Today I have written a list. In fact several lists.
That in itself is not unusual. I live by lists. If it isn’t on one of my lists, it’s very unlikely to get done. Sometimes, even if it is on my list the chances are not good, but there’s still a sliver of hope.
My current list is of the things I need to do before I go away for the Easter weekend. Writing a blog post wasn’t on that list so naturally it’s the first thing I’m doing. But I will go back to the list today.
My list is in a lovely notebook which is full of lists with a cartoon zebra on the front. I feel very adult when I’m using it. I’m not sure where I got it from, I probably stole it from my daughter along with the jumper I’m wearing and I think the socks. My entire family has a weakness for stationery of all kinds, but whereas the men are fairly functional about it, my daughter and I require beauty or at least cuteness. I used to have a charming notebook with the muppets on which for some reason I decided was the most appropriate tool to use at work when making notes. My colleagues at the art gallery honestly barely turned a hair at it, but when I arrived with it for the first day of my next job the expression on the face of my new boss as I opened my notebook and took out my white fluffy flamingo pen gave me all the information I needed about my long term suitability for that particular post. Today’s list was on the kitchen table when my daughter joined me for breakfast and she casually reached for the notebook.
“Don’t touch my list!” I snarled.
Teenage eyes rolled. “Jesus, Mum!”
There are two reasons I don’t want her mucky hands on my list. Firstly because she has inherited her father’s need to doodle and within seconds the list would have been rendered illegible by swirls, cartoons and helpful statements such as “moo cows fly in the night sky” written in bubble letters.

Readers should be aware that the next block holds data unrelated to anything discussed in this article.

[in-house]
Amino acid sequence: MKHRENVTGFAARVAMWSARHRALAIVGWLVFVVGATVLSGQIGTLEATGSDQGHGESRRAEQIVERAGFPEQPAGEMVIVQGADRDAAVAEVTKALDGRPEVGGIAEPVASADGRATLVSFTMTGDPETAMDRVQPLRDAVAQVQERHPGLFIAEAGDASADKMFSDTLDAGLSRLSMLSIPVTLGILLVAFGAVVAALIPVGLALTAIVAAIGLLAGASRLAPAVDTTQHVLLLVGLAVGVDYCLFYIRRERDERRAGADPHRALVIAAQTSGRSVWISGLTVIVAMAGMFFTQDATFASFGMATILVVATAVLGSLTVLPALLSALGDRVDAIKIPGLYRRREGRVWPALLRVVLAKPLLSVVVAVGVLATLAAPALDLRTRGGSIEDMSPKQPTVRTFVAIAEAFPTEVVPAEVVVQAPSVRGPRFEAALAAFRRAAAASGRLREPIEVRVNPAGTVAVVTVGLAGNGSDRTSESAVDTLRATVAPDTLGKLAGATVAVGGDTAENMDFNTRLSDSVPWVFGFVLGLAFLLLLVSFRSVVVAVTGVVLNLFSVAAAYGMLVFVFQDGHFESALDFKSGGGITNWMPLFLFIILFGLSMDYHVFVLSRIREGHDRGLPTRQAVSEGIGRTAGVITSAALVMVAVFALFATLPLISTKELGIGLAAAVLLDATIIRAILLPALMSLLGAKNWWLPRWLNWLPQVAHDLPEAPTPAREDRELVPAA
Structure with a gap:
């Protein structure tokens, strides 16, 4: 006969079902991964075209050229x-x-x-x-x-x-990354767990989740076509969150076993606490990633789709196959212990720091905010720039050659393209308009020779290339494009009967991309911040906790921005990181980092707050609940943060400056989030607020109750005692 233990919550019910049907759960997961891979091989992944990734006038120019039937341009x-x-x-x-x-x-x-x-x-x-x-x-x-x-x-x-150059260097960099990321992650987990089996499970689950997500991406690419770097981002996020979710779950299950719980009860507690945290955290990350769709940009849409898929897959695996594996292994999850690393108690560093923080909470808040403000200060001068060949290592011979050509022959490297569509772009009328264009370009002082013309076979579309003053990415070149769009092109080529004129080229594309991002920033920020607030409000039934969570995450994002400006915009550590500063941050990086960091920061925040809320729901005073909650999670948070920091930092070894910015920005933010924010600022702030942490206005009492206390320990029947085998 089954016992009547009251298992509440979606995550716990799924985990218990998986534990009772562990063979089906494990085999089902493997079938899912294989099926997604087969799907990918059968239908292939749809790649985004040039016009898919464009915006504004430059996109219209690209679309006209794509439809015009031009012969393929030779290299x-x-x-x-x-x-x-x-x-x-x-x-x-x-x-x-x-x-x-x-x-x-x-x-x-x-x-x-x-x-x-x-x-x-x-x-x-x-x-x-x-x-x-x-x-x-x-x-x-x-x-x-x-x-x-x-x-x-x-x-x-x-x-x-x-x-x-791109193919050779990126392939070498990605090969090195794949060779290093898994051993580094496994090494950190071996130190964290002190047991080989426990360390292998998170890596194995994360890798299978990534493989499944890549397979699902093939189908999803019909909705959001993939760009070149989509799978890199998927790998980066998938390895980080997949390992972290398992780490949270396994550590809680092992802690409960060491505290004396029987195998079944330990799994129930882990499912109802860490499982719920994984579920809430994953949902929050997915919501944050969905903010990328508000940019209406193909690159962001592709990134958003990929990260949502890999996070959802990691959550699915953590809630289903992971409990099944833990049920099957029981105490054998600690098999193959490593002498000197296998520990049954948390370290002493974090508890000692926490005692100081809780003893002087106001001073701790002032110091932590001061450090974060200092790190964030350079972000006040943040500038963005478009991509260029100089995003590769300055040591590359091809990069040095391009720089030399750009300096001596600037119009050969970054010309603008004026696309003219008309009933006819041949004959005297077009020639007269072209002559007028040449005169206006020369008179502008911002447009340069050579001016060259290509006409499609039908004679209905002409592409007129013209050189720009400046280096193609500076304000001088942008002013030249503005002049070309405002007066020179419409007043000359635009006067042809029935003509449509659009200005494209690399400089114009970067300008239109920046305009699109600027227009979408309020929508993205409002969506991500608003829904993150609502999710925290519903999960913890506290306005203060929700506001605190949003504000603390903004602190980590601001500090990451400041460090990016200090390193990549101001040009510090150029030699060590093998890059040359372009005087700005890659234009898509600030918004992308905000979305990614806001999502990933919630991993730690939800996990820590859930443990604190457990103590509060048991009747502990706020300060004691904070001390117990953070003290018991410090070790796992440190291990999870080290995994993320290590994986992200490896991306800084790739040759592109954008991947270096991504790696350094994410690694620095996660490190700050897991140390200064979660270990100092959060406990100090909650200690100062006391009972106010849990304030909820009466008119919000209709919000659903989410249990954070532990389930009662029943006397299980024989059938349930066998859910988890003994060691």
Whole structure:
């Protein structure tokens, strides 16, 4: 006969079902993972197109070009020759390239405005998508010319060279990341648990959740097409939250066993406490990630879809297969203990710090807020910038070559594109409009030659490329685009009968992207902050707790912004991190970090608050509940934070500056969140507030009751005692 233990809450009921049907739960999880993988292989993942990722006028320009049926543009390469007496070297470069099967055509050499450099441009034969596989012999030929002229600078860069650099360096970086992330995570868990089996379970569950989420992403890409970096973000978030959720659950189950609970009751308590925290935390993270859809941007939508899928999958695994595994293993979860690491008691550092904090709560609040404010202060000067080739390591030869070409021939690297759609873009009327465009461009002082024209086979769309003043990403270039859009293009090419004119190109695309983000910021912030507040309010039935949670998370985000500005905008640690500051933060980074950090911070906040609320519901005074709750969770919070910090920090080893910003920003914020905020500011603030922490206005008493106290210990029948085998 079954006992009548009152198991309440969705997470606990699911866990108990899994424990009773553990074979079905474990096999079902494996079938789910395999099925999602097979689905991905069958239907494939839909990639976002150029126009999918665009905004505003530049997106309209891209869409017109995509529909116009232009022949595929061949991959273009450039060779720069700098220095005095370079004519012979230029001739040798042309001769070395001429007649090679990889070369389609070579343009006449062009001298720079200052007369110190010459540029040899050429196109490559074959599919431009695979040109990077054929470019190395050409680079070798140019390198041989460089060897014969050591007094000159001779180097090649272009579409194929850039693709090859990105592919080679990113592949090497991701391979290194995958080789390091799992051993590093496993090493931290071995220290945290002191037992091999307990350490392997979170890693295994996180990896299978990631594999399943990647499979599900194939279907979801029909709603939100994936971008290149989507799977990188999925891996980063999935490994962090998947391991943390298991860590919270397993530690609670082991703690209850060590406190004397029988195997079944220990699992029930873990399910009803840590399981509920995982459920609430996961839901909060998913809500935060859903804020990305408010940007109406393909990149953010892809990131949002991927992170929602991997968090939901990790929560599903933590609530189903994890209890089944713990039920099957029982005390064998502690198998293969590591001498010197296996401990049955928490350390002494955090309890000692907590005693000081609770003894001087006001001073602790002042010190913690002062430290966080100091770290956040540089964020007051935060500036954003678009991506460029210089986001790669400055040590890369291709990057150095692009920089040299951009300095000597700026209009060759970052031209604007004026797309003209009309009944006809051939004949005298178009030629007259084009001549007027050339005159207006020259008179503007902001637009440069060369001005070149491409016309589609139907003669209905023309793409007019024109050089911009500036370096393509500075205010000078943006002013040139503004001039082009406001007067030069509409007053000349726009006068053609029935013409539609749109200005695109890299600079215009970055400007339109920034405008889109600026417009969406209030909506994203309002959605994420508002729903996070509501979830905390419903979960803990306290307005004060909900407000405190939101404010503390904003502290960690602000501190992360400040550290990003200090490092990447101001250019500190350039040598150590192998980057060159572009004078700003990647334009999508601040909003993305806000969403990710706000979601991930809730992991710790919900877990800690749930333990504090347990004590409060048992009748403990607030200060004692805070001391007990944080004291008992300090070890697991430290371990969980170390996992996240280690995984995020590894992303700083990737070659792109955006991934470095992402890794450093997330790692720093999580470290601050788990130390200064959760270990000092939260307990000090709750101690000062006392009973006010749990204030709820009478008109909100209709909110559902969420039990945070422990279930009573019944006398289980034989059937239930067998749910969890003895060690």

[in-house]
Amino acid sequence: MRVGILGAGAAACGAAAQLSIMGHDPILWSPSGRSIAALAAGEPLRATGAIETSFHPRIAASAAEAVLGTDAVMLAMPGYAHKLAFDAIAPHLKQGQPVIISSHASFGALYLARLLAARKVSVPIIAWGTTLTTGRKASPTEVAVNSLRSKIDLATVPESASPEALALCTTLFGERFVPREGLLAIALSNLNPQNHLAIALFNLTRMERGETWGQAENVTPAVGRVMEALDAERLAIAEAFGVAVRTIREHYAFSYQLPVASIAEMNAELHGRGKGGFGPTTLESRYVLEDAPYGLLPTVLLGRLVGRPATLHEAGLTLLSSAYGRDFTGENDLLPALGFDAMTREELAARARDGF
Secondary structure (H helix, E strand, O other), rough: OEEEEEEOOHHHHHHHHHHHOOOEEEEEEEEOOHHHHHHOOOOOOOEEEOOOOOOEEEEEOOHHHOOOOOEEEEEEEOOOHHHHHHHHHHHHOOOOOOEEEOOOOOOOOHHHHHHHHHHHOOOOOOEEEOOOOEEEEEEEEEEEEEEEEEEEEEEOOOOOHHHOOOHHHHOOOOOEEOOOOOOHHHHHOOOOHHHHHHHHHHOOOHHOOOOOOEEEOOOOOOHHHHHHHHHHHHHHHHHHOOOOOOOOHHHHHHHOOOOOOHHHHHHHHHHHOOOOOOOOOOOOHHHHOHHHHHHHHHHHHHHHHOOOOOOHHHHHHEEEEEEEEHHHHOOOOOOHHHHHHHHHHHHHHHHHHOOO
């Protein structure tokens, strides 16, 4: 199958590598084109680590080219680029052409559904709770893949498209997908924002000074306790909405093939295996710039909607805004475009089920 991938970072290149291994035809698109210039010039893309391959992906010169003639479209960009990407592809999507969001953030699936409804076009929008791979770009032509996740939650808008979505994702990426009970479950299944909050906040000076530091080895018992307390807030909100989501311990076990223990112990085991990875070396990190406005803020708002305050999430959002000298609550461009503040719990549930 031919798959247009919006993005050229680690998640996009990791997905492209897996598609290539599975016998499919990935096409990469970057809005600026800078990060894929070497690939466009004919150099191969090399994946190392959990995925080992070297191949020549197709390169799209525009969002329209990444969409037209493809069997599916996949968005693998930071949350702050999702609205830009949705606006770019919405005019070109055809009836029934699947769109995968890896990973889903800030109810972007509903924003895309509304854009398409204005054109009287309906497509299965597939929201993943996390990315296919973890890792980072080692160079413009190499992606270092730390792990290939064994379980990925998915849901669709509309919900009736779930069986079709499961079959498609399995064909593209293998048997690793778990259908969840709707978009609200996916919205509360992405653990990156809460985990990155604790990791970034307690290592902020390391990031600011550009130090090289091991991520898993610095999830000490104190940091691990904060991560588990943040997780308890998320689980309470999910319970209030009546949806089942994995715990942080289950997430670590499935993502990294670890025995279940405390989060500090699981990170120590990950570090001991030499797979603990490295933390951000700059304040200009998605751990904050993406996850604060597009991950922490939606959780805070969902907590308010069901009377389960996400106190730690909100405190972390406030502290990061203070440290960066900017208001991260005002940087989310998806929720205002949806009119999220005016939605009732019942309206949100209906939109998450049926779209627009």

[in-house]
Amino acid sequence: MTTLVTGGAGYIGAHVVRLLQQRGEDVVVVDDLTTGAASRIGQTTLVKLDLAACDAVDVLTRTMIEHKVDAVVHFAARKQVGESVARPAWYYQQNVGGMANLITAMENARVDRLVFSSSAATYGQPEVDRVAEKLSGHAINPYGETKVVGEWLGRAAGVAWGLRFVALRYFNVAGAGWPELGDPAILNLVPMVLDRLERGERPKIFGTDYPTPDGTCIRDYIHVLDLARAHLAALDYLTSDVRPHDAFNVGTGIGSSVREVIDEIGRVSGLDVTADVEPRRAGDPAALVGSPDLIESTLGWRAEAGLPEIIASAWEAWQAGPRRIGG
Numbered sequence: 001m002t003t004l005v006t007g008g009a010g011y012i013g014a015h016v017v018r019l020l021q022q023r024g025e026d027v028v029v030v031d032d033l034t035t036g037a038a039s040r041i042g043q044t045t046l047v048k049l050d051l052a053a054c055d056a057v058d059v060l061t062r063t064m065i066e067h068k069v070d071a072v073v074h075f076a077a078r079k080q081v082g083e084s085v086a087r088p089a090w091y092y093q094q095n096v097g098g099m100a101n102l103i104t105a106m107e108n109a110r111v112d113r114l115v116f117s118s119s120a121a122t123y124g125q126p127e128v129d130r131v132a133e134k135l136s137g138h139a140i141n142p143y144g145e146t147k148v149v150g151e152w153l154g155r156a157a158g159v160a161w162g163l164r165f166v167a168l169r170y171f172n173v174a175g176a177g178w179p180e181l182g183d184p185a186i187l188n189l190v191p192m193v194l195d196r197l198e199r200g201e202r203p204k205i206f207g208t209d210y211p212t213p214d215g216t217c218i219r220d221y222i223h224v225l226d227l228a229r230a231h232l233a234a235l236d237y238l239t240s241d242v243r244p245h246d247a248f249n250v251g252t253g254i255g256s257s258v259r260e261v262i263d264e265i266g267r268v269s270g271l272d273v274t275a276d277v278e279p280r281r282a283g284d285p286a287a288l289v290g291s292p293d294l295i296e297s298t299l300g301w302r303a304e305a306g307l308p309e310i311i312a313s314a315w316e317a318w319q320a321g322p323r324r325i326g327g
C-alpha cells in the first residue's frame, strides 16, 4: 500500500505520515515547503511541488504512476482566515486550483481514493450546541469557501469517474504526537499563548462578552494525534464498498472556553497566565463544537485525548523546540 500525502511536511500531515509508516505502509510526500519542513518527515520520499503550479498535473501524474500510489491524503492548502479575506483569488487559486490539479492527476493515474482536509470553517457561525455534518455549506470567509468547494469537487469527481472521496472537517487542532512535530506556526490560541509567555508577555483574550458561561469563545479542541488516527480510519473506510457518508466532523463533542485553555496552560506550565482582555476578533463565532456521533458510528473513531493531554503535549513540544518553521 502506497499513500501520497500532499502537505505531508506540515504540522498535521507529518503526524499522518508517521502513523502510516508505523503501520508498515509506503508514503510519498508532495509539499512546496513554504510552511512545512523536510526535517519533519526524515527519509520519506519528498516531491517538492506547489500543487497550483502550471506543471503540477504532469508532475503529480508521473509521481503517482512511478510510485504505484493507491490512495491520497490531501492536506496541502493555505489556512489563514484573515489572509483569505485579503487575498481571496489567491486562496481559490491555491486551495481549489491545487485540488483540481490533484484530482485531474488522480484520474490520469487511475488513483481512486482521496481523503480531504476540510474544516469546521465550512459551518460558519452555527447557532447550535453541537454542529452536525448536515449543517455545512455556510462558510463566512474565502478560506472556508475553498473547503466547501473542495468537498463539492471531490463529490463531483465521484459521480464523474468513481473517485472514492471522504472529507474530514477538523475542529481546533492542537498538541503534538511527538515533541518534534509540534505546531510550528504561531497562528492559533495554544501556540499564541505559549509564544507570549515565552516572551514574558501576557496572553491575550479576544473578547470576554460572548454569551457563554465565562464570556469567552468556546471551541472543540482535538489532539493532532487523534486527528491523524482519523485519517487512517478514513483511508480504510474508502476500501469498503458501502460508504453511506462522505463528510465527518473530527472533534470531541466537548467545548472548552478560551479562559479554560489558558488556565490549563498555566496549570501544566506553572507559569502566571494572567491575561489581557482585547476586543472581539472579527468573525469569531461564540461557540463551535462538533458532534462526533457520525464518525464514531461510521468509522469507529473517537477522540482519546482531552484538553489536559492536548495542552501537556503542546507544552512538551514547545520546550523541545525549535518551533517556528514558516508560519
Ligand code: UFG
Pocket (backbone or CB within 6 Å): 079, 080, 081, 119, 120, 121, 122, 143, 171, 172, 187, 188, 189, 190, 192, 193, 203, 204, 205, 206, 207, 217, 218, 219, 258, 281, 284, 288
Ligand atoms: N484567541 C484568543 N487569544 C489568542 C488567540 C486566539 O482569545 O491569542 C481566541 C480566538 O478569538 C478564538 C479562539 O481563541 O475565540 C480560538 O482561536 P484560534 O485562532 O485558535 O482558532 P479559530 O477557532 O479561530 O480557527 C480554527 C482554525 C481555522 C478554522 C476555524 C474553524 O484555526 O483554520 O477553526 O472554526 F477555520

Secondly because she would laugh at the list. The list is weird, I admit it. It’s because there are so many bits to my life. Some of them are really normal, like laundry and cleaning the living room. Those look okay on the list. A lot of people’s lists have things like that on.
Then there is the Irish dance school. That’s a bit more eccentric. I mean “book car hire for Killarney” isn’t too bad, but when it comes to items such as “order sock glue” and “buy 15000 hairpins and 2000 sodding blister plasters” people might start to look askance. The hairpins are only a slight exaggeration, I honestly don’t know what the dancers do with them and I’m afraid to ask. We’ve got a competition in Killarney in two weeks and sock glue really is important…
As for the writing section of the list, this is the bit I really don’t want my daughter involved with. It includes such items as these:
- Change Anne’s dress
- Wellington at Talavera – what the hell was he doing in that tower and who was with him. Do I need to know?
- Update character list NOW before you resurrect more dead people.
- Shoot Goodreads
There are others which I won’t bore you with. The other thing about my list making, is it tends to run away with me. When I was studying history at university, people would borrow my notes to catch up on missed lectures and then return them either laughing or looking puzzled depending on their level of resilience. One poor lad handed them back with the remark that he’d read one section three times in case it was a handwriting problem. He seemed doubtful that I could really have written “Cromwell still buggering about outside Pontefract” in my lecture notes. He was lucky it wasn’t worse, is all I’m saying.